Posh Knits

New bag finished on Friday. This one's a Posh evening bag.

Bottom construction is slightly different to my pattern. I think I prefer it.

Friday, 11 August 2017

Flower basket number 6

Flower finished. Went with yellow rather than a natural colour yarn.

I made this one from yarn given to me years ago, and a pair of handles that were free with Let's Knit Magazine.

It needs a flower to cover the front clasp, in probably a natural coloured  yarn. The leaf button matches the cotton/silk Rowan DK Yarn (discontinued)

The bag handles have a straight base, which makes the bottom of the bag a bit skewed. A good blocking will sort this out.

I think I will keep this one to use as a summer bag for specs, keys, and wallet.

Tuesday, 8 August 2017

Flower Bag number 5

Having worked out the construction of the bag, I'm now tinkering with the finishing touches.

Bag rear

This bag has amber-coloured handles, so I wanted to create a flower that would include the colours from the amber and the bag itself. I have some Posh Yarn (Pamela, 4ply with sparkle) which made a lovely curled flower cup for the covering on the rear clasp.

I stitched the 'stamens' in the same pearl grey cotton yarn used for the main colour.

Bag front

For the front, I wanted a larger flower. I designed a two-piece bloom in the same Posh Pamela yarn, and finished it off with a shell button, the same colour as the pearl grey yarn.

Picking up stitches for the handle straps was difficult and did not work well. I embroidered an abstract design in the cotton yarn used for the base, to create a more even line on the front.

Wednesday, 2 August 2017

Matching Flower Basket Bags

I completed these two bags in time for a visit from The Nephew and his two little girls. Each contains a French Knitting Kit by Woolly Chic, so that the girls could make her own flower button for the front.

Each bag was made in cotton, from Drops.  The bottom was knitted in Paris (aran weight)

Both have very small bamboo handles. I knitted the insides differently so that the girls could recognise her own bag. One is pink and lilac, the other is all lilac.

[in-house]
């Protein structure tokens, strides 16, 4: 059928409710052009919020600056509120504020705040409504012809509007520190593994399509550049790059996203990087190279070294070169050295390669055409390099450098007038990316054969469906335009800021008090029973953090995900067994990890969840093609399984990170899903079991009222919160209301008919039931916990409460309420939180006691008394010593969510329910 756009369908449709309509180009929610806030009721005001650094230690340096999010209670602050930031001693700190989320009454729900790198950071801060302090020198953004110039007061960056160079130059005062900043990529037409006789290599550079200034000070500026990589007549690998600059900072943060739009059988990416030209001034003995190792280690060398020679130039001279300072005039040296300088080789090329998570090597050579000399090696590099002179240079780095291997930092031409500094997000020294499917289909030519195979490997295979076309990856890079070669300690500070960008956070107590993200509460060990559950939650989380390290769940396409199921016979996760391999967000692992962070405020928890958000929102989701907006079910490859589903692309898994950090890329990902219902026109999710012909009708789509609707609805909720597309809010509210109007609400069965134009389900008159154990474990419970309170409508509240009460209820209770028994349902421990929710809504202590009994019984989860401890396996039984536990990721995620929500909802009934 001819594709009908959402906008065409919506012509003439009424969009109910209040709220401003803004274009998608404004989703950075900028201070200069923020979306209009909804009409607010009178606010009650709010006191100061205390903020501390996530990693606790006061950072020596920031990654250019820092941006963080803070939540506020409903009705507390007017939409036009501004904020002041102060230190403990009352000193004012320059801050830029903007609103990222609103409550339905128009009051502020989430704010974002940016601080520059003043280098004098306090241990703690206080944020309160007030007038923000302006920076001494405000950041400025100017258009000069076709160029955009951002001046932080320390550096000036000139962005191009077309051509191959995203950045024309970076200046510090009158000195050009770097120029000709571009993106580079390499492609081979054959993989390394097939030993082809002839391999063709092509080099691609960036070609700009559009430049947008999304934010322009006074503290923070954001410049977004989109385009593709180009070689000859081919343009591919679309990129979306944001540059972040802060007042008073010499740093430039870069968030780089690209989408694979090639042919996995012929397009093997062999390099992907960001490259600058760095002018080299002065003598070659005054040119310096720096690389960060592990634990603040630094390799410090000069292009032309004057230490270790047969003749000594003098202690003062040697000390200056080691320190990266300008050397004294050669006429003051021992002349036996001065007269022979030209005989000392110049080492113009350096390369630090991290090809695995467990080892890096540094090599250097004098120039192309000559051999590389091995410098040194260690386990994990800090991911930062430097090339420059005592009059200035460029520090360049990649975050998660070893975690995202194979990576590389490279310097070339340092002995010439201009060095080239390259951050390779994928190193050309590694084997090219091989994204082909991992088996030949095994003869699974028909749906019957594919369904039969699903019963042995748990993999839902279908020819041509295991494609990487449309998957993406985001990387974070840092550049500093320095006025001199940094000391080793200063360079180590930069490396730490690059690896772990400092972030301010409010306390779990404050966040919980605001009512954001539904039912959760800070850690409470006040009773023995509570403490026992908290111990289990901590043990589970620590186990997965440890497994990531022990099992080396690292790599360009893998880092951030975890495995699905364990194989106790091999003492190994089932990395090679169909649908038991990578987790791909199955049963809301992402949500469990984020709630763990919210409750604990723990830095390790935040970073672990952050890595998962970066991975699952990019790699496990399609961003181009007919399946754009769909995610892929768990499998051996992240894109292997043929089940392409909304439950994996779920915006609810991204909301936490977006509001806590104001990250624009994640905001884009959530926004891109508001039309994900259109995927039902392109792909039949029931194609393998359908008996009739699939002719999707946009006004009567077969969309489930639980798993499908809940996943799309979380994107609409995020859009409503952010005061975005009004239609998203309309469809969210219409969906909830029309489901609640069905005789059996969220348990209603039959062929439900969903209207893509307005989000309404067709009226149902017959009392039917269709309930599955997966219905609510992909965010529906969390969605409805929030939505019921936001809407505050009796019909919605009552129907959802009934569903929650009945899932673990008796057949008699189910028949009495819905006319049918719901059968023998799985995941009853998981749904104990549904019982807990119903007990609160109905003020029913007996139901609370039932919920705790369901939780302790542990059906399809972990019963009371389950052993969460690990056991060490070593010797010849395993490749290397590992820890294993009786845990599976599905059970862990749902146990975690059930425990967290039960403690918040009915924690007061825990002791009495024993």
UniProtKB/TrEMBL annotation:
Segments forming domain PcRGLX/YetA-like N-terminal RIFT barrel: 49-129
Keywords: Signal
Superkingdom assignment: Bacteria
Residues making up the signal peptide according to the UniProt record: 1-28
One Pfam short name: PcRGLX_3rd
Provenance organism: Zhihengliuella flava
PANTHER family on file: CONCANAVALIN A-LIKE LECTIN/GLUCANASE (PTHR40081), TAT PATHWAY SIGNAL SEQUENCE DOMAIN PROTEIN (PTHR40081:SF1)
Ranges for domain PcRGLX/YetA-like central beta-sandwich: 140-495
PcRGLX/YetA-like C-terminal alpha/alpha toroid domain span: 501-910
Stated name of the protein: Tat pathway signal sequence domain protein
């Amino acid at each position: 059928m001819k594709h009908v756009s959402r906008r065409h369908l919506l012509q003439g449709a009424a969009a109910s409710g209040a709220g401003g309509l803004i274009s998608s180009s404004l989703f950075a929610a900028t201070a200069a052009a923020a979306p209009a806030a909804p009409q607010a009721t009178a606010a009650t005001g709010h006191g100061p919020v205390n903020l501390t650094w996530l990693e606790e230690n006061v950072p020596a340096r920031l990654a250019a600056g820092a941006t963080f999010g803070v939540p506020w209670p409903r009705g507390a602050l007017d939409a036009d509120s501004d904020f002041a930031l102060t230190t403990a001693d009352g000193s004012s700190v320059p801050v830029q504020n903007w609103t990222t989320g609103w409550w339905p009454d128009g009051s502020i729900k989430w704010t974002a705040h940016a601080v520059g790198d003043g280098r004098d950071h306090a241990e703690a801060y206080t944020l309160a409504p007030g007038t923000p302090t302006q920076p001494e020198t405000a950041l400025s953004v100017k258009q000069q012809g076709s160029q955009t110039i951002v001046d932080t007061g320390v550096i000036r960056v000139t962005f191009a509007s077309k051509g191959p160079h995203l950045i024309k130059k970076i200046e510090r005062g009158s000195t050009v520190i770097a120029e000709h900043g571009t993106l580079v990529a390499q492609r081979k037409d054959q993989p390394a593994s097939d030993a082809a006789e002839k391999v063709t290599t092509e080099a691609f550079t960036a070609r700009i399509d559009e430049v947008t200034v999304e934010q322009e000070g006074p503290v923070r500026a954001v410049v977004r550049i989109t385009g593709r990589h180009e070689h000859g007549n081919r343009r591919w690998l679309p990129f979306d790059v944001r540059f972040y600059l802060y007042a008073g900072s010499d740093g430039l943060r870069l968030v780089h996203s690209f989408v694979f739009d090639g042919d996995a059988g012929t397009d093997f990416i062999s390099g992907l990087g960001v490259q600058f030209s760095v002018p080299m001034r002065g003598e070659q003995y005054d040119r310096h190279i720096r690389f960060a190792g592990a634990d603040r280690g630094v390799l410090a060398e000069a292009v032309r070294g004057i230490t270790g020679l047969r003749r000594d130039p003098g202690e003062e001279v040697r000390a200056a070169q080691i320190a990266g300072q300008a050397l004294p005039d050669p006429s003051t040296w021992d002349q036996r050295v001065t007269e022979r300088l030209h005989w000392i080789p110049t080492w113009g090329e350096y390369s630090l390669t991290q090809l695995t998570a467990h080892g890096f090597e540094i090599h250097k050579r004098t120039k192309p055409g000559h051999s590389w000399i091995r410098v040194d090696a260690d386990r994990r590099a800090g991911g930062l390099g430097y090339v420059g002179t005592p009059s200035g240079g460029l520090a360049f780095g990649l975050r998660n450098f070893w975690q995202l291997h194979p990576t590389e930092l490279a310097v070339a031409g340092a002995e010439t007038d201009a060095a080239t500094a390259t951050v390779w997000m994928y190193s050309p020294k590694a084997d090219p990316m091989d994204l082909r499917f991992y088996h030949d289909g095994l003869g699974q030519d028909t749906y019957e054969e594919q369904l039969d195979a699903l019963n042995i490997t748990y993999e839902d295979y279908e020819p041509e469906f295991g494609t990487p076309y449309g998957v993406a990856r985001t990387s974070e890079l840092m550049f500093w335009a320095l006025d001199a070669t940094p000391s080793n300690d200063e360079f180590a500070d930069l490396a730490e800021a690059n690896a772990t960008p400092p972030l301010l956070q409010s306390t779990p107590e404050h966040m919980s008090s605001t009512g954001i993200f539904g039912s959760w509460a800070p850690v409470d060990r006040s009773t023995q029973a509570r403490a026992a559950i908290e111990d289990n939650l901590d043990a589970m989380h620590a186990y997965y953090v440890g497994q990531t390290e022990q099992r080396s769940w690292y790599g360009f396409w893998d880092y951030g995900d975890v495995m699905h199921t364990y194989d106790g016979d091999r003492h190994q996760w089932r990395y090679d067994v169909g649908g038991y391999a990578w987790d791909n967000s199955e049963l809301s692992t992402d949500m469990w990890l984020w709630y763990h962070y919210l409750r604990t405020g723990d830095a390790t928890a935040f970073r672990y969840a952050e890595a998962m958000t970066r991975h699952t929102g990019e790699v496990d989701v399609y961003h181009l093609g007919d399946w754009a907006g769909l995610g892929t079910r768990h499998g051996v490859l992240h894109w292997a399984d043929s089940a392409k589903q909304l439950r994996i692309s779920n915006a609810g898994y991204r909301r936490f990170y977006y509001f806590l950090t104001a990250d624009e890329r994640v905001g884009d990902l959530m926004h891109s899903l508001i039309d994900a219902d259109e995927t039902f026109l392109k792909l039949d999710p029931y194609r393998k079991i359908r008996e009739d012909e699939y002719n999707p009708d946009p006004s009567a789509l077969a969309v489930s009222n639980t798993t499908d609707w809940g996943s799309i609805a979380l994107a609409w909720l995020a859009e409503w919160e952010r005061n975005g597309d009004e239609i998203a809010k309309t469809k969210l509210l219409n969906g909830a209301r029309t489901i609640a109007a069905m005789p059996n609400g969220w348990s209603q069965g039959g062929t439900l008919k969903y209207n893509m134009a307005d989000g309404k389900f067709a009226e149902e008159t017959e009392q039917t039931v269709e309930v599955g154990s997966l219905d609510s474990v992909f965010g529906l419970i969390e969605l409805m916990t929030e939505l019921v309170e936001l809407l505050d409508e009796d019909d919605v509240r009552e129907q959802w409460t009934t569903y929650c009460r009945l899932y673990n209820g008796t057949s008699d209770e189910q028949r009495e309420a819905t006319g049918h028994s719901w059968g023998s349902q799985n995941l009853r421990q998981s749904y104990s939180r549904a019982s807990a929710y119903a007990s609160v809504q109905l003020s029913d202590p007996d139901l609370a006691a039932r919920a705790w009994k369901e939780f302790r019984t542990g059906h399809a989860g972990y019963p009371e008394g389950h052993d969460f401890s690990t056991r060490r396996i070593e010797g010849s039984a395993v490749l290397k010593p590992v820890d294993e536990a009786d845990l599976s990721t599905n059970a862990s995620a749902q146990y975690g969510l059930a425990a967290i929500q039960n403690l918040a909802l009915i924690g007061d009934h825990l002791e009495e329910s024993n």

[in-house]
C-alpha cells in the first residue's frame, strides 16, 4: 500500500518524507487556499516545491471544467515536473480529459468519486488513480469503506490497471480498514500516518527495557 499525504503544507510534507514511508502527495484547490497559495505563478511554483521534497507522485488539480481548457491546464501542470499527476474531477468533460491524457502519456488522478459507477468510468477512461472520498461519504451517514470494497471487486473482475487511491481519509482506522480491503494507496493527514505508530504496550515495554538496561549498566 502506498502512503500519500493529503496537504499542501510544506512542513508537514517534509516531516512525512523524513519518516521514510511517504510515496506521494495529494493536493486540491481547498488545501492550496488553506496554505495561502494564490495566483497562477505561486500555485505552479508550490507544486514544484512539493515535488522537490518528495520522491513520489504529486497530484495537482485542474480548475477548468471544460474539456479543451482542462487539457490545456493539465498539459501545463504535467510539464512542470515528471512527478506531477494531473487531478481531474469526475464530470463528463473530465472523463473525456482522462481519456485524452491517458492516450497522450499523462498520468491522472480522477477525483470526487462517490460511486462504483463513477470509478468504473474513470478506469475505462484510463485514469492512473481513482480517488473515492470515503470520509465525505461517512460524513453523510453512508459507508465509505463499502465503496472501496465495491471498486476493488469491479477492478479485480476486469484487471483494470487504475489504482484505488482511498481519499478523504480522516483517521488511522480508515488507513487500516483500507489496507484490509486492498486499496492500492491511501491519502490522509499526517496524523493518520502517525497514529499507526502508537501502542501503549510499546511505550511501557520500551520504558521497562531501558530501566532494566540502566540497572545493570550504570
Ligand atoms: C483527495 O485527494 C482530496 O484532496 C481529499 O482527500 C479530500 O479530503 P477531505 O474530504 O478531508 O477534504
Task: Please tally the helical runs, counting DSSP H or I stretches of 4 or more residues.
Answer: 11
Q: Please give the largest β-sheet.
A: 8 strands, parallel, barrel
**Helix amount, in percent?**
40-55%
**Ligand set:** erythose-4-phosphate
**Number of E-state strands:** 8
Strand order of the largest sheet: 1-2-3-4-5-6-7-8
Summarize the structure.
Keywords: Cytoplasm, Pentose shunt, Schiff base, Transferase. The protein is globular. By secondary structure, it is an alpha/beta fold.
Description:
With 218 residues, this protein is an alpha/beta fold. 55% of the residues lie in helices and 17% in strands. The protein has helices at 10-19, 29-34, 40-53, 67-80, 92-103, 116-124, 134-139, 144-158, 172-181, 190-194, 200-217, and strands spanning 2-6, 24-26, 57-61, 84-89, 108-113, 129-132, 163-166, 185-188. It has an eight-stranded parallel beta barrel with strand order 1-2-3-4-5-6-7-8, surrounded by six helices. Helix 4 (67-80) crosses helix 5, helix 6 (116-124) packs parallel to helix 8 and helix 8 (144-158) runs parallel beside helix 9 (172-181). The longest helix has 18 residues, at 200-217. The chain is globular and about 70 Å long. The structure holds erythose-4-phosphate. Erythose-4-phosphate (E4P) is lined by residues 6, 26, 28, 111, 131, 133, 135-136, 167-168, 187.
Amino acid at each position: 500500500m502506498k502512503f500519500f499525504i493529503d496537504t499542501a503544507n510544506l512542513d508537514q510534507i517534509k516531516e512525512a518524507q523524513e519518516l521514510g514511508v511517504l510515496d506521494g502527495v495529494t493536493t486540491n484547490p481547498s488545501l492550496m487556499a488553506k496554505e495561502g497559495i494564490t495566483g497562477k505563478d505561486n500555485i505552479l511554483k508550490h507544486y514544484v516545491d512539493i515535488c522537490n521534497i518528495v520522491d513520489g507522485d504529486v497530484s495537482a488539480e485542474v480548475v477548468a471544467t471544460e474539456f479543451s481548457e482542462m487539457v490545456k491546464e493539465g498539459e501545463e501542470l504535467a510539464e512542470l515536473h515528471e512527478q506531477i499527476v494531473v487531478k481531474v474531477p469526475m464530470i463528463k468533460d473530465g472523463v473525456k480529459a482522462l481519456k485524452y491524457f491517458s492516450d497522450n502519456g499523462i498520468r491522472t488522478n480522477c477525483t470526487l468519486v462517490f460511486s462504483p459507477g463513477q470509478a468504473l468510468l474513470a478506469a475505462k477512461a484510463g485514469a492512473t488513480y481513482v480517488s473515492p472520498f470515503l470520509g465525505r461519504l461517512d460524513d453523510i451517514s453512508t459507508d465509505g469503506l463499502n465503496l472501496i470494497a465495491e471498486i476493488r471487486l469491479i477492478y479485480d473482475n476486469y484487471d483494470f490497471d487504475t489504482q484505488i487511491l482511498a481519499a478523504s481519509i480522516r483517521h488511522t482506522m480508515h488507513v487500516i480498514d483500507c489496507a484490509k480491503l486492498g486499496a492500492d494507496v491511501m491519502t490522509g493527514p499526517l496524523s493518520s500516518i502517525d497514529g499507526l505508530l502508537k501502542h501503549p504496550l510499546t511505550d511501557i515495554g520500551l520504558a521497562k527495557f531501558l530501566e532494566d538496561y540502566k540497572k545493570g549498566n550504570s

Monday, 24 July 2017

Rose Flower Basket Bag

I based  this on the Poppy bag pattern, but began by constructing the bottom first. I used Woolly Chic DK Welsh wool for the bottom, then picked up the stitches around the outside and continued in the round with Drops Cotton Light DK.

Woolly Chic yarn formed the lining as far as the bottom. It was then finished in the same Drops Cotton Light colour as the outside.

To finish, I attached the magnetic closures through both layers of the bag. The metal front clasp was visible, so I covered with three knitted rosebuds.

The rear metal was covered with a leaf.

The pattern is very much finished and ready for test knitting.

Thursday, 20 July 2017

Poppy Bag

I put the finishing touches to the bag today.

I'd already worked out that I couldn't construct a bottom, while keeping it seamless. I joined the open ends of the lining and outer layer, by knitting through the stitches.

I also decided not to construct a closure flap, so attached magnetic popper on the inside. I covered the back of the closure with the poppy I'd made at Hitchin Lavender workshop. The other popper was secured between the lining and the outside layer.

The lining yarn is a cotton/silk mix by Debbie bliss.

I used the yarn again to define the top of the basketweave pattern.

Bottom, in raspberry for a lavender purple bag

I've learned a lot, mainly about what not to do when making up a pattern. The next version will start with the bottom and work upwards. I'm planning a series of seamless  'flower basket' bags.


or knitting - with cake.

I attended the end of term party, organised by Woolly Chic,  at Molly's Tea Room, last night.

It's a lovely venue, with proper tea, served in  china cups, from pots kept warm by knitted cosies.

There was a good turnout, mainly by members of Molly's Crochet group.